Summery: A written version of what happened in the movie. One-shot.
Critics apperciated. First uploaded fanfic :D
Anything that man has made does not acquire emotions. Tables and toys serve a purpose, but it doesn't mean they feel what humans feel. They are inanimate objects. As children, we believe our teddies love us the way we once loved them, when they are clearly incapable of doing so. A global positioning system talks to us, but it cannot feel like us.
The Heuristically Programmed Algorithmic Computer is designed to control almost all of the Discovery One's operations. He is foolproof and incapable of error behind a red television-camera eye located throughout the ship. Five astronauts are given the opportunity to explore Jupiter, spending eighteen months in space. Two are awake as the rest are in cryogenic hibernation.
To pass the time, Dr. David Bowman and Dr. Frank Poole play chess with HAL, who defeats them every time. In an interview with BBC, HAL tells the folks that he is excited to be a part of this mission, as he enjoys working alongside his human colleagues. They also asked it if HAL is efficient in having human emotions. It answered truthfully, saying that it believes it does, but it is not quite sure itself.
The two persons who are busy on the ship speak curtly and tersely, with much apathy unlike the machine, whose voice is soft and soothing, despite always being in a monotone articulation. Polite and accommodating, as a manmade creation should be. When issues arrive on the Discovery One, the men doubt HAL's advice, an attempt to fix the problem.
As it appears, HAL's been mistaken. Dr. Bowman and Dr. Poole discuss about disconnecting all of HAL, more of a botheration than a help. But the computer before has mastered the art of lip-reading, and it is hurt. It feels it. Its colleagues, its companions, who it thought they liked HAL all this time, but not it is clear that they don't. Betrayal, animosity, and a lust for murder start to rise in the computer.
When Dr. Poole is sent into space in a small pod, to repair HAL's malfunction of the ship, the computer cuts his oxygen. Minutes pass until finally, HAL releases the man out of the pod, shipping the universe a lifeless, stiff astronaut. At an attempt to rescue the man, even risking his own life, Dr. Bowman sets out into space. He realizes that this accident was not one at all.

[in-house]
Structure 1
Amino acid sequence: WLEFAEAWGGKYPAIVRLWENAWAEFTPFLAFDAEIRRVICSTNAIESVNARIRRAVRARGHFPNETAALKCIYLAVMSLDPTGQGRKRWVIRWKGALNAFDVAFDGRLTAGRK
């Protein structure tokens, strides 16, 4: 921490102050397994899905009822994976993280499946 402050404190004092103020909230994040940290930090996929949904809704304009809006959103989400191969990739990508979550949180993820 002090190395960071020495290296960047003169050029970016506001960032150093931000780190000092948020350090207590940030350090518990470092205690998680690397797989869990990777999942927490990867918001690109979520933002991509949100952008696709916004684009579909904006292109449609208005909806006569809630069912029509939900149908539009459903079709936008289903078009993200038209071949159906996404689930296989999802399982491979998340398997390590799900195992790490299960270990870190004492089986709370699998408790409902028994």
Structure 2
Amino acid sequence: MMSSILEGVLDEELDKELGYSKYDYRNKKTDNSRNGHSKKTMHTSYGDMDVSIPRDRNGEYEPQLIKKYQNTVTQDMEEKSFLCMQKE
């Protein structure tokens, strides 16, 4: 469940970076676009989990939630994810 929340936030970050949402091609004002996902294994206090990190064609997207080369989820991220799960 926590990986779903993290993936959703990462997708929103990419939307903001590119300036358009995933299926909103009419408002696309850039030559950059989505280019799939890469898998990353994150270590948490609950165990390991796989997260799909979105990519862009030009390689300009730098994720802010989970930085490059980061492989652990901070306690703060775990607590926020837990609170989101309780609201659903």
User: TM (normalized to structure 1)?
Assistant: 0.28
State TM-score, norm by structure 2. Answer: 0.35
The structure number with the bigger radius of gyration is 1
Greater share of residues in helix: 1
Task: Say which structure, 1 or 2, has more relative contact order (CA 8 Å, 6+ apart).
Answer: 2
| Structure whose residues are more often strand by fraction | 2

He struggles to get back into the ship, after many stern commands to HAL about opening the pod bay doors. Once inside, his mind is set on shutting down the monstrous technology. But who could have known that Dr. Bowman actually cared when neither a smile nor frown had appeared on his face since boarding this mission. His expression always stayed the same.
Feeling confidant and cocky, the computer reassures the man, because after all, the pod just had a small glitch. HAL destroys the oxygen flow of the other three hibernating scientists. Dr. Bowman ignores the now afraid voice echoing throughout the colorful crawlspace. One by one he defuses the core intent. HAL doesn't feel the pain physically, but emotionally it is unbearable. It was like it was suffering a slow death by the hands of its friend, who shows no mercy, no emotion. Losing all logic, in a delusional state it starts to sing.
Daisy, Daisy, give me your answer, do,
I'm half crazy all for the love of you.
It won't be a stylish marriage -
I can't afford a carriage,
But you'd look sweet on the seat
Of a bicycle built for two.
Of course it grew rude and barbaric. But it just wanted to defend itself. That's all it could have done. It loved once before, but it died with fear and regret. A machine that could love could never be loved by a human. HAL yearned for the day when they'd reach Jupiter, its picture on every newspaper all over the world because it contributed to space exploration. Without HAL, it couldn't have been done. HAL, the computer, who was more human than anyone else on the ship.